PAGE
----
I’ve been reading Social Media Metrics Secrets by John Lovett who is a senior partner at Web Analytics Demystified where Eric T. Peterson is the founder and senior partner. The book is wonderful and before I share some of what I learned I have to tell you a story.
I first encountered Eric after I created a screencast for NTEN called “Web Analytics Demystified for Nonprofits” and (wiki). He sent me an email. As soon as I saw the address, I thought it might be a cease and desist letter because he had trademarked the name. No, he thought that it was fantastic that we were educating the nonprofit sector about this important topic. Always community-minded, Eric has gone on to create the Analytics Exchange which pairs nonprofits with analytics volunteers from the private sector – a great way to provide education and support for nonprofits as they embrace measurement.
I’ve referred several Packard grantees who have used John Lovett’s social analytics framework to help them think through social media metrics. I sent a tweet to John asking if there was a blank copy and he sent me a blank one with permission to hack and share. I modified one of his corporate versions for nonprofits above.
And now on to the book. There were a couple of sections that really resonated, but I’m only going to focus on one for now.
One point that he keeps making over and over: Metrics must have meaning or else they’re just numbers. He also points out that need to know context – what your measuring towards and that there are different layers of metrics.
He suggests that social media managers need to become curator of metrics, not just collectors of data. It is what Shonali Burke is talking about when I asked her about the art and tradecraft of measurement. Here’s what that means.
- What you need to do: If you are doing social media for your organization, either part time or your whole job, you need to handle metrics. You need to define, manage, organize, explain and share them. You know if you’re doing a good job if this leads you to stories about success or failure and ultimately helps you learn how to get more impact with your social media efforts.
- Key Skills: A social media metrics curator knows the difference between metrics and numbers and ensures that her organization is using data in an intelligent way. Whenever they report on social media results, they present insights in a meaningful way, not raw undigested numbers. The information is also reported with a link to organizational results.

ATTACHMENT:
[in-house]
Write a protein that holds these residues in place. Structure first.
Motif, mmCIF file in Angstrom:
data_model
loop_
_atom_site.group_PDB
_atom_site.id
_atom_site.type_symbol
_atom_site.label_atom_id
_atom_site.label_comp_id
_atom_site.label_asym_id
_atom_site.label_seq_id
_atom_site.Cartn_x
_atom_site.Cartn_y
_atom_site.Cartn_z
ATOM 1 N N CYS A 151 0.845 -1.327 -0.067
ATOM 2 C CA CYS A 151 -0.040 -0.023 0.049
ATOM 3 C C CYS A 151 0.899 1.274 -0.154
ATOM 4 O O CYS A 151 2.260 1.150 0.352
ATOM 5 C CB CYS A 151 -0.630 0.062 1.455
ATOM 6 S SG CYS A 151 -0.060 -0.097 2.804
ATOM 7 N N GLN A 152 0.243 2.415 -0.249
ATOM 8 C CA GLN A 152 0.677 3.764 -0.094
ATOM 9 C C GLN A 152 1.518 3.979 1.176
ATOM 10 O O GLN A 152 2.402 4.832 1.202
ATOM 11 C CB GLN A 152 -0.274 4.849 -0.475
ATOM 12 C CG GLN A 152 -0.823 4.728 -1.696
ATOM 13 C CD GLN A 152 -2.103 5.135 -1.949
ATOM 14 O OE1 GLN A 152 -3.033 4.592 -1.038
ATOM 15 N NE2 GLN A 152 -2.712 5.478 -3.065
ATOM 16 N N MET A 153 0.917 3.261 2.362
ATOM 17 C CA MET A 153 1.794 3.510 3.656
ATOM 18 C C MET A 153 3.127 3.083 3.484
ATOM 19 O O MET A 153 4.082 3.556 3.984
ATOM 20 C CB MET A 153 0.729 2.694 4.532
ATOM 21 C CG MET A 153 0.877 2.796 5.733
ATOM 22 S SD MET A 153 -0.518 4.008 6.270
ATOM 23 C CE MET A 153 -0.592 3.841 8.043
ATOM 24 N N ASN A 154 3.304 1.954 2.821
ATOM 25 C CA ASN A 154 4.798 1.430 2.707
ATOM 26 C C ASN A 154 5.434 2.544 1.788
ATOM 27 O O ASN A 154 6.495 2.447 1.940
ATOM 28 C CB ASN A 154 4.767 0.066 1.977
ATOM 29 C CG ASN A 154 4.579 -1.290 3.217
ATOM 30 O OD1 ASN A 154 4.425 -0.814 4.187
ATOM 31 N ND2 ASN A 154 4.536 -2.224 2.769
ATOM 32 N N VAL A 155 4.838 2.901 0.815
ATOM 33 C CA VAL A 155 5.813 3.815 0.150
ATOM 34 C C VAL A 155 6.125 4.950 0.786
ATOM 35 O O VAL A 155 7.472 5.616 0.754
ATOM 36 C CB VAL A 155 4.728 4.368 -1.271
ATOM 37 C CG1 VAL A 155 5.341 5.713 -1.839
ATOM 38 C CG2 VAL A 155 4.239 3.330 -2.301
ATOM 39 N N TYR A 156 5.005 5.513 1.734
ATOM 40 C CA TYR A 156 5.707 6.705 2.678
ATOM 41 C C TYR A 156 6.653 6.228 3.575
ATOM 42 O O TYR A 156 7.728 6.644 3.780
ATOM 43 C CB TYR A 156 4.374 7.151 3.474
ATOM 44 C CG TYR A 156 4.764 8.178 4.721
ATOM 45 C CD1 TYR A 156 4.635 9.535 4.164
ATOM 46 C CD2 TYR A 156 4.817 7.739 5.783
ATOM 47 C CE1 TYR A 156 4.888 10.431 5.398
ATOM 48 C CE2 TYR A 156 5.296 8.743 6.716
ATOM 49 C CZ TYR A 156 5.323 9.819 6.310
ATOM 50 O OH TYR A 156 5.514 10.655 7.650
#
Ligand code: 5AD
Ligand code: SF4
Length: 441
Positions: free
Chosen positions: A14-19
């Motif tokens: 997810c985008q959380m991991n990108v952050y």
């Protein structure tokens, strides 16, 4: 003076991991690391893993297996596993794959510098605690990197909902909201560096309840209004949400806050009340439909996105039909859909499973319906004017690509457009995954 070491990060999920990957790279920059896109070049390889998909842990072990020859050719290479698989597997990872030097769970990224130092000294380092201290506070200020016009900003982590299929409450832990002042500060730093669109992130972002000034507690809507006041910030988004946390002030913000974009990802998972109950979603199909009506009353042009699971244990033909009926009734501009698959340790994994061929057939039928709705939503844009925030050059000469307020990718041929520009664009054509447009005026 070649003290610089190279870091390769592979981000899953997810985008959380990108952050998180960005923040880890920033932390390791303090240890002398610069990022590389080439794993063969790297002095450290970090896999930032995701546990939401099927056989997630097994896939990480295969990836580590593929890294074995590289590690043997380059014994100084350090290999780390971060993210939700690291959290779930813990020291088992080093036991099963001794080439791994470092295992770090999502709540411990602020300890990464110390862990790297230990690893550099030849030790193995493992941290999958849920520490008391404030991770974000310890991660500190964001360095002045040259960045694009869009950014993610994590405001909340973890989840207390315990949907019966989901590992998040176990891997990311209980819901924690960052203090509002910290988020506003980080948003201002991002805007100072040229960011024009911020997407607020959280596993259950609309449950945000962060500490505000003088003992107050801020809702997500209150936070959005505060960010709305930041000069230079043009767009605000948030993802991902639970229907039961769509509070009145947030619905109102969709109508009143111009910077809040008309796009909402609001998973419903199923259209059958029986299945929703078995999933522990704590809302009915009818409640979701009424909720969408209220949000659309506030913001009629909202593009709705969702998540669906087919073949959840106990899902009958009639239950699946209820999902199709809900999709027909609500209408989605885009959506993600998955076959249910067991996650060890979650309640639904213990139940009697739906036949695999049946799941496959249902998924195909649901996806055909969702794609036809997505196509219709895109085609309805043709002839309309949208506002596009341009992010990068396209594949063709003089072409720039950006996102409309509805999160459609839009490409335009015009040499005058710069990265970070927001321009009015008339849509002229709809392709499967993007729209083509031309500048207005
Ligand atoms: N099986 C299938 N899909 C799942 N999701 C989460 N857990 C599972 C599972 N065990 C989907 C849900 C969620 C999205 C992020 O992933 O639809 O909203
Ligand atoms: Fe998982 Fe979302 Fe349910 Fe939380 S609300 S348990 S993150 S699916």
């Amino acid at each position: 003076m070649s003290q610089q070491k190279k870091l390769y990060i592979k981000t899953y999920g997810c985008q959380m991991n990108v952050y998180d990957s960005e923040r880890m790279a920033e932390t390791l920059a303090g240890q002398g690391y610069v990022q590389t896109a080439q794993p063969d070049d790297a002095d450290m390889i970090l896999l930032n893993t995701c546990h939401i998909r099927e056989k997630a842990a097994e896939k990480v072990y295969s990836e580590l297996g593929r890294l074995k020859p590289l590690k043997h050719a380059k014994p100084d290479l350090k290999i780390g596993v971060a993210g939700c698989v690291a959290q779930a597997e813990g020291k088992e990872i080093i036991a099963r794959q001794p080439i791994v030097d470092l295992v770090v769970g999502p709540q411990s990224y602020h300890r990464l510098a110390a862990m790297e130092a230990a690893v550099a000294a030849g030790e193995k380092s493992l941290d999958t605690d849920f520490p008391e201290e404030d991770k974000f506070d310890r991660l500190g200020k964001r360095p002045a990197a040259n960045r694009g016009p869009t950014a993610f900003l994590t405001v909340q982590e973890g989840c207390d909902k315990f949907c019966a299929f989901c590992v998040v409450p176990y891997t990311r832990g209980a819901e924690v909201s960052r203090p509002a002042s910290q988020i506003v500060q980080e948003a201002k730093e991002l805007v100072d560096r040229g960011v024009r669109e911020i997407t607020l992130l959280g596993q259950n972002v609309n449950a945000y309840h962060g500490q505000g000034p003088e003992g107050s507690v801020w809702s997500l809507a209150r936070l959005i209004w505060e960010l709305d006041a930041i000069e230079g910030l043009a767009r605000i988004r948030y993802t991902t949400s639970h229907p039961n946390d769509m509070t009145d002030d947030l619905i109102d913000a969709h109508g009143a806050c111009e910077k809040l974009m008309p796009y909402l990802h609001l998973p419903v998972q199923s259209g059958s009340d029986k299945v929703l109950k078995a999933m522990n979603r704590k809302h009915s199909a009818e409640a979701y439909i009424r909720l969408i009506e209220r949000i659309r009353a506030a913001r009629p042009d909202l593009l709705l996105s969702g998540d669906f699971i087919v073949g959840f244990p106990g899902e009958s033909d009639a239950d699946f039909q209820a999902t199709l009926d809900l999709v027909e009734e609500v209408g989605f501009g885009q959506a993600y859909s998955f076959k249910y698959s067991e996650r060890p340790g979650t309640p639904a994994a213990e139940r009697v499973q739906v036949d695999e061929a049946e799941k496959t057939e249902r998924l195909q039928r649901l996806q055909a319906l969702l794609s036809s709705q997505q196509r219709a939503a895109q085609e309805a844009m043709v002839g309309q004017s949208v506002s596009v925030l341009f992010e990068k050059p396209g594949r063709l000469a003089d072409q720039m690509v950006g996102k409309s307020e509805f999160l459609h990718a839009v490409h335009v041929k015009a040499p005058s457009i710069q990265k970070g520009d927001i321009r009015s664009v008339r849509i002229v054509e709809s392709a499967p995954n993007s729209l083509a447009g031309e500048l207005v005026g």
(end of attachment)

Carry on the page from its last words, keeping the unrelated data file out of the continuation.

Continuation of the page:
- The Metrics Layer Cake: There are hundred plus metrics you could use to measure social media, but a social media curator knows there are different layers or types of metrics. In Lovett’s book, describes these as:
Foundational: These are a handful of metrics that persist across all channels. These will be different depending on the nonprofit’s mission and programs, but are based on a theory of change or asking to what end? What will change? Momsrising calls these key result areas and uses them for every campaign they do. Given they are an advocacy group, their key results are different from say, the Smithsonian Archives which has a different set of foundational metrics.
Value Metrics: These are a handful of metrics that support over-arching goals. These might include social impact, behavior change, saved time, or income.
Outcome Metrics: These are metrics that take into account a specific objective for a campaign or program that your organization is working on. This might include: awareness, engagement, attitude change, encouraging interaction, facilitating support, promoting advocacy, or encouraging innovation. Lovett also refers to these as KPIs.
Counting Metrics: These are the lowest level of social media metrics – and as Lovett points out represents the minutia of social media metrics. This is fans, followers, visitors, and views. The list goes on and on. These are important to use to help you improve what you’re doing, but many times organizations get stuck in only tracking low-level metrics and often in an inconsistent way or without the discipline that Shonali talks about in the video.
If you’re doing a good job as a social media metrics curator, then when you present reports, you get better questions from your executive director. You don’t asked how many fans do we have or what does that mean? You get questions that help you improve what you’re doing and perhaps even more budget investment to accomplish it.
How are you curating your organization’s social media metrics?